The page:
Whatever he had learned of himself was here of no avail. He was an unknown quantity.
On a cold, foggy morning, an army wakes on the banks of a river. A tall soldier named Jim Conklin begins his day by washing his shirt, and rushes back to camp to report a rumor he has overheard: the regiment will move into battle the next day. As the men in this particular squad have yet to face any military action, Jim’s words provoke much excitement and debate. One private loudly declares Conklin a liar, and a corporal complains that he would not have made costly renovations to his house if he had known he would be called to leave it. Henry Fleming, a young private, listens attentively to the arguments, then retreats to his bunk to collect his thoughts.
Having dreamed of the glory and valor of battle since childhood, Henry cannot believe that he may find himself in the heat of combat the very next day. He wonders if soldiers in his regiment can possibly achieve the same glory that the ancient Greek war heroes did. He believes that religion, education, and common household concerns have tamed men, sapping them of “the throat-grappling instinct,” but that, in battle, they can still prove themselves worthy. In fact, the conviction that battle may be the only way for a man to distinguish himself prompted Henry to enlist in the first place. He remembers how his mother discouraged this course of action, how she refused to share in his romantic ideas of dying a celebrated war hero. He thinks of her parting advice to him: never to do anything he would feel ashamed to tell her. She encourages him to do the right thing and not to shirk his duties for the sake of returning home alive to care for her; she assures him that she will carry on whether or not he returns.
Henry remembers his journey to Washington, where the regiment assembled and enjoyed an abundance of food, the friendly smiles of girls, and the assurances of men. There, Henry felt as if he had become a hero. The months that followed his enlistment, however, were monotonous and static. The daily grind of camp life has forced Henry to abandon thoughts of glory. He struggles, instead, to preserve his own personal well-being. Given his discomfort, Henry wonders if he will be capable of thriving in battle. With rumors of a march into a fierce skirmish the following day, Henry realizes that his character has gone untested up until this point in his life. He wonders if he has the fortitude to endure battle, or if cowardice will make him flee. When Jim returns to the tent, Henry asks him if he would ever consider running from battle. Jim answers that he would likely follow the cues of the men surrounding him, fighting when they fought, running when they ran. Henry feels relieved that he is not alone in questioning his own courage.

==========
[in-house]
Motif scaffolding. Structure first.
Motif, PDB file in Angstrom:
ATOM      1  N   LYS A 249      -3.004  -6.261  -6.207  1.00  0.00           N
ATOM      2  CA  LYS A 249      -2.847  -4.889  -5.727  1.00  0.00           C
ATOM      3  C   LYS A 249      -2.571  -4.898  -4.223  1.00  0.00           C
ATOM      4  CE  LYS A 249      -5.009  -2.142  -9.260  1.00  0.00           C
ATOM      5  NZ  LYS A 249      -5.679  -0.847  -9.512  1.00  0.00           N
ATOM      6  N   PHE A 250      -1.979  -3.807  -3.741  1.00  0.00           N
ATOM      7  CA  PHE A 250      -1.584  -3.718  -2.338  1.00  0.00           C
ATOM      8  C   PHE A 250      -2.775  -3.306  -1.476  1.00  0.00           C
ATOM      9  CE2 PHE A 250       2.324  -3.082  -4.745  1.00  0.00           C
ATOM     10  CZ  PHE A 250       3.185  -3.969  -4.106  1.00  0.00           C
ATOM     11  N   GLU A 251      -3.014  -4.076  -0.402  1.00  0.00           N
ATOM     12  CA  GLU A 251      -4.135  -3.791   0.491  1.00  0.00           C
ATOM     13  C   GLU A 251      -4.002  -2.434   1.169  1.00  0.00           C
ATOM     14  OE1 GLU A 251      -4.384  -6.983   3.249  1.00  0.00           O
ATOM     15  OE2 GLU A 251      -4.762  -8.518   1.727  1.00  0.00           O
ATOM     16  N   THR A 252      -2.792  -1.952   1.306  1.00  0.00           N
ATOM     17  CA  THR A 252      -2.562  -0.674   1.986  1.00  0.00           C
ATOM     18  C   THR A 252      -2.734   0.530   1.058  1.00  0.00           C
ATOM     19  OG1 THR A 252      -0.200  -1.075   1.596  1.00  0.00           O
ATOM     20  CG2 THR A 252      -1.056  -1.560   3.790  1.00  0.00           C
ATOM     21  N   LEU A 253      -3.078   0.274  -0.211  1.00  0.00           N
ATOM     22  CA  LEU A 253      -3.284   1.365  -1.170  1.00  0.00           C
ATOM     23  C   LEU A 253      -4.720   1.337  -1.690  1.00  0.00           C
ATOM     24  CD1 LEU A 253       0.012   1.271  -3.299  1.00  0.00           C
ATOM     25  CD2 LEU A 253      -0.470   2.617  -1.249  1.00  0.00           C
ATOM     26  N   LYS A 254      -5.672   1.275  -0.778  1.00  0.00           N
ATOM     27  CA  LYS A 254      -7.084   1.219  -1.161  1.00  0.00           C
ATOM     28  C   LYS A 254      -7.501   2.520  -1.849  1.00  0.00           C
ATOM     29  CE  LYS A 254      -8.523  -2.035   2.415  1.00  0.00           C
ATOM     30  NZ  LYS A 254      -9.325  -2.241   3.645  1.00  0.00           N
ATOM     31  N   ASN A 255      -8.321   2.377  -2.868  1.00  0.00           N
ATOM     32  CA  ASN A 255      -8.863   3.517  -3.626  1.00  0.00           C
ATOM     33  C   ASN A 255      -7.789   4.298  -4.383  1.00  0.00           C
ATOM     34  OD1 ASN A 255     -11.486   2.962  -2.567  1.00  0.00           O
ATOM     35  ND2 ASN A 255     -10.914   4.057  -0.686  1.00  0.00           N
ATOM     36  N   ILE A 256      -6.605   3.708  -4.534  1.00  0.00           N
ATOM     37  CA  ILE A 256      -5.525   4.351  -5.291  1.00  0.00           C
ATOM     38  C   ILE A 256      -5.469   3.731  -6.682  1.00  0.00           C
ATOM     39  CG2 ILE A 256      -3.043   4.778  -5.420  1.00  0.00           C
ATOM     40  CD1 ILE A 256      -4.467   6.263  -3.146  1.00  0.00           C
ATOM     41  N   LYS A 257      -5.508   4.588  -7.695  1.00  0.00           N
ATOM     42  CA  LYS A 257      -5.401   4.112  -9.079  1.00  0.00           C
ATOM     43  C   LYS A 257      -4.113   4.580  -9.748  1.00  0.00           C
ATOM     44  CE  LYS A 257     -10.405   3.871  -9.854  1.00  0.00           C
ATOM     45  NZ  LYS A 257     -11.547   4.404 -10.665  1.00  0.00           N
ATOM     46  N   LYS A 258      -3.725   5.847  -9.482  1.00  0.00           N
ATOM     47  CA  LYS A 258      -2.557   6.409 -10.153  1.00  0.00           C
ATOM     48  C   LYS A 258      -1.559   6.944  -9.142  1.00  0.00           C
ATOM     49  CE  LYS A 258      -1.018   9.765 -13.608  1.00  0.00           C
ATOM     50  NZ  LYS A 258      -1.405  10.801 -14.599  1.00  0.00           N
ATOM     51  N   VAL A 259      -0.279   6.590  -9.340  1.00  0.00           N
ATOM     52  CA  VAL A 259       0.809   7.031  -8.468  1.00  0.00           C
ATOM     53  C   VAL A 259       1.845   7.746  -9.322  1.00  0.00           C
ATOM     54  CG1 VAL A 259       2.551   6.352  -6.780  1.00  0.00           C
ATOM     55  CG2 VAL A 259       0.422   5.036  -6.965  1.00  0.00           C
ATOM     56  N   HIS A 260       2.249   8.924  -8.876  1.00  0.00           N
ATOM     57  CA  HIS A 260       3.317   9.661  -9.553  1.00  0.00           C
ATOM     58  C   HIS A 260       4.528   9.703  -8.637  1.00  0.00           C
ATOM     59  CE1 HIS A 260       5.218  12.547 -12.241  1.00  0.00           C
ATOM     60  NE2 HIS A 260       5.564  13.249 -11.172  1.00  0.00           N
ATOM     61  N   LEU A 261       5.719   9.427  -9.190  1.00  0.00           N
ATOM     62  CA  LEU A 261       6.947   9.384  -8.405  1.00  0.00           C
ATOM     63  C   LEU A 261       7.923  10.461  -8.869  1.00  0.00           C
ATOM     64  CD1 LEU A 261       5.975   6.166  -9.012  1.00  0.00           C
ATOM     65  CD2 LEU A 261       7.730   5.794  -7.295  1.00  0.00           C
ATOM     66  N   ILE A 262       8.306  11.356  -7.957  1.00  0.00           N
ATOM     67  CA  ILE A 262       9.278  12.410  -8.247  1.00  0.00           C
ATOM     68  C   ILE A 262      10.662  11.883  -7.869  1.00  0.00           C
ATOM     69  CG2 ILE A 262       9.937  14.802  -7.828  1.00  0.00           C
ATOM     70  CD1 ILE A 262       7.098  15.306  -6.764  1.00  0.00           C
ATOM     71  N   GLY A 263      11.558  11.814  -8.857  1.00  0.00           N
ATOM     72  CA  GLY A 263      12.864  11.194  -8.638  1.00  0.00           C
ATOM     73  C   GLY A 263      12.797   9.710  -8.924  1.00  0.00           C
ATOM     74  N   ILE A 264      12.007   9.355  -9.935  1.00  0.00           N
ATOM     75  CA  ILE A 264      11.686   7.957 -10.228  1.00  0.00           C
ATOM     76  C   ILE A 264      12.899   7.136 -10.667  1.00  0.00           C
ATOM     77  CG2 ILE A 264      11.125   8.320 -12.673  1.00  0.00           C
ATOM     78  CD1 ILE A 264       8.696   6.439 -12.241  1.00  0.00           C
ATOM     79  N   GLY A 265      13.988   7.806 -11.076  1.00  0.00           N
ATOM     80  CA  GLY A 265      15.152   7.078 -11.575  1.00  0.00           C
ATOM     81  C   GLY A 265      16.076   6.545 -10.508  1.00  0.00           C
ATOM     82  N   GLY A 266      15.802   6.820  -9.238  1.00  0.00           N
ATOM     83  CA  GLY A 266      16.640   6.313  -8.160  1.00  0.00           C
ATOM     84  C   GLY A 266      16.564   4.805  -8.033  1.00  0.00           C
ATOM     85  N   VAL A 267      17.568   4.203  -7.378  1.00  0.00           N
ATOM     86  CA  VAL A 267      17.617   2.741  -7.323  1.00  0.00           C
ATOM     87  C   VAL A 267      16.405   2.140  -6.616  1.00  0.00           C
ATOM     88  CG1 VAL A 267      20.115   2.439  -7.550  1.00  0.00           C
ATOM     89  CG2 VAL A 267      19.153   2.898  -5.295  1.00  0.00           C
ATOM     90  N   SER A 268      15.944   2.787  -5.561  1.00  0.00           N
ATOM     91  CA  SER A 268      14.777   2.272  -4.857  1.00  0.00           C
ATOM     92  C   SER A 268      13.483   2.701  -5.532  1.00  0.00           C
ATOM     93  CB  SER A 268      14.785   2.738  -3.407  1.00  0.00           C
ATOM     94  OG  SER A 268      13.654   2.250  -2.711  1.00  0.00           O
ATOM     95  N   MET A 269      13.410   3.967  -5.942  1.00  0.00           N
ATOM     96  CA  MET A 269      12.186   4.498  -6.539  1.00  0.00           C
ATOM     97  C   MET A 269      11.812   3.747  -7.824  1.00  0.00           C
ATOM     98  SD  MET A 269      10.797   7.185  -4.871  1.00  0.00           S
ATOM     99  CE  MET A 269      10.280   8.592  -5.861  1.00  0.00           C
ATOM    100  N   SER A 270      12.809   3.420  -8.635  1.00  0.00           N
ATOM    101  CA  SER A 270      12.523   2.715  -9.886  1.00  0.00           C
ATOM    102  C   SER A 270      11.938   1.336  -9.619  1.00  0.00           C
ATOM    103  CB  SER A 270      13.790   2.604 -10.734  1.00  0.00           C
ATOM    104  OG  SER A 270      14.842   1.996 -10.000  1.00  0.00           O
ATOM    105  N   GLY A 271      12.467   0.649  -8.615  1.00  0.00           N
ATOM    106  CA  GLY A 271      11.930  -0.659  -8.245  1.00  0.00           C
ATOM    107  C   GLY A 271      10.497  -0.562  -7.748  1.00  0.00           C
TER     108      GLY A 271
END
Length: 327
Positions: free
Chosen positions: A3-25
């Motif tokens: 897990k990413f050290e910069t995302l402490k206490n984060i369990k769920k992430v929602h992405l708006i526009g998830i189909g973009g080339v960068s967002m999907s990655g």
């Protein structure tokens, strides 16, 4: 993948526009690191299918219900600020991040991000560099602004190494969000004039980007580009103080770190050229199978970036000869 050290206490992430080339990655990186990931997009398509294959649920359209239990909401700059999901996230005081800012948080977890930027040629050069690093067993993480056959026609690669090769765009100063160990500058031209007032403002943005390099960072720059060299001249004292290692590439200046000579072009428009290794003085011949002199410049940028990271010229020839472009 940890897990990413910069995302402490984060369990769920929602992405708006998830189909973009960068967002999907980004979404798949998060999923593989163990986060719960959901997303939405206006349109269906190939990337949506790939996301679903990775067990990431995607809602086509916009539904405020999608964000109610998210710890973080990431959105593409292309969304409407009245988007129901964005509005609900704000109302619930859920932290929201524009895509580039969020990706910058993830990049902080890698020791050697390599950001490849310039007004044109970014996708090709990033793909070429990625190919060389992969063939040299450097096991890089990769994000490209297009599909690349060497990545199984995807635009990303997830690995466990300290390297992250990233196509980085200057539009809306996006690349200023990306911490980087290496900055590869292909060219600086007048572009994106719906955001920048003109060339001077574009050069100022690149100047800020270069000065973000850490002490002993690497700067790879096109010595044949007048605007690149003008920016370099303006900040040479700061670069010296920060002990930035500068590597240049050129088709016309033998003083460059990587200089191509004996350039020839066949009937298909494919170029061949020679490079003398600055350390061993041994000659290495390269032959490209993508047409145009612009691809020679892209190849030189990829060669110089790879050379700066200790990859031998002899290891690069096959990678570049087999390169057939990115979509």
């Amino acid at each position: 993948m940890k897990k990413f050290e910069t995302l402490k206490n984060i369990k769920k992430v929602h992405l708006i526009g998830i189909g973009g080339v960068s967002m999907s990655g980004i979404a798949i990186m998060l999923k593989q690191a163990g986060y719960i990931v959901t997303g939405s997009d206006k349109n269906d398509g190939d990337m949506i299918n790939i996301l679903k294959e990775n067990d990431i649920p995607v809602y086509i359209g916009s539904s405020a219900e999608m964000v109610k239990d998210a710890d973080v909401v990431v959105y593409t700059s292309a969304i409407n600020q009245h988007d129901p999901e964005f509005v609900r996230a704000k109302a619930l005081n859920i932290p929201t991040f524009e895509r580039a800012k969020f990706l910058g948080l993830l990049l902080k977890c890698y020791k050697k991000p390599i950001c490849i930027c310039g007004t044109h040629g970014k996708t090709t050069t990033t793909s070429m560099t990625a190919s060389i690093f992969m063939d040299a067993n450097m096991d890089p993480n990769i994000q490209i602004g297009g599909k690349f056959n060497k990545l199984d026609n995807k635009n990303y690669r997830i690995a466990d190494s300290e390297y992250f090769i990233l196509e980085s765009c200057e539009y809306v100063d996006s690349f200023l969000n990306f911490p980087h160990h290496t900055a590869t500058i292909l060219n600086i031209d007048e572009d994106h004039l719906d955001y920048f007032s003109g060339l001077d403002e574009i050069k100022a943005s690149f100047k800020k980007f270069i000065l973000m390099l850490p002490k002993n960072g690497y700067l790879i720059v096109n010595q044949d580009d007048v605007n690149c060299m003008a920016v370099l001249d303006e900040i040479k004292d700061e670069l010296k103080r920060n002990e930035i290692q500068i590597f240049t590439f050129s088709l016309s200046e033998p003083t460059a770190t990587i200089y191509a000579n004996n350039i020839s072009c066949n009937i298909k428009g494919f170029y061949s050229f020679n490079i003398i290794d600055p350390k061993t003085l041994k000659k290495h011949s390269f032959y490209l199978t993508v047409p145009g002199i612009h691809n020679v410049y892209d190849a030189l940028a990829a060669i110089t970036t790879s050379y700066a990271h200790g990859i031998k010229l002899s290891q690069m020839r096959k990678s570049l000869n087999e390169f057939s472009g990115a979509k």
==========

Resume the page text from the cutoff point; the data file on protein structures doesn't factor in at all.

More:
Readers at the end of the nineteenth century, for many of whom the American Civil War was a recent memory, were accustomed to reading about the Civil War as a grand, morally charged clash of ideals. Writers such as Frederick Douglass, Abraham Lincoln, and Walt Whitman treated the conflict—especially the fight to abolish slavery—as a means of fulfilling the American dream and promise of freedom. Crane, however, skirts the moral terrain of the war by focusing instead on the day-to-day reality that an untested regiment of soldiers faces. If a clear-cut dividing line can be drawn between the concerns of the warring North and South, Crane does little to honor it. He does not introduce a band of righteous, well-fitted soldiers who represent all that is good and glorious. Instead, he depicts a group of soldiers who are, for the most part, utterly amateur. They have never fought, they hold their commanding officers in contempt, and they have no sense of the glory commonly associated with military service. In short, Crane places the reader squarely in the sphere of realism, which attempts to portray life as it is, rather than allegory, which uses symbolism to convey meaning.
Whereas the early nineteenth century brought forth writers who sought to escape or transcend reality, and who often wrote in a flowery style, writers in the latter part of the century, according to William Dean Howells, insisted on “nothing more and nothing less than the truthful treatment of materials.” Although powerful and evocative, Crane’s descriptions of the army, life in the camp, and the natural surroundings are stripped of unnecessarily ornamental language. Crane records both the daily life of the soldiers and Henry’s complex inner musings in clear, direct, unadorned prose:
The youth was in a little trance of astonishment. So they were at last going to fight. On the morrow, perhaps, there would be a battle, and he would be in it. For a time he was obliged to labor to make himself believe. He could not accept with assurance an omen that he was about to mingle in one of those great affairs of the earth.
The main battle of The Red Badge of Courage is the psychological one that takes place in Henry’s head. From the moment he is introduced, Henry struggles to reconcile the fanciful narratives of larger-than-life heroes emerging from bloody but valorous battles with the much plainer, much less glorified existence of life in the 304th Regiment. When he learns that he may soon be placed on the battlefront, he begins to weigh the war that he imagined against the war in which he actually finds himself. He wonders if he, like the heroes of Ancient Greece before him, will return from battle “with his shield or on it.”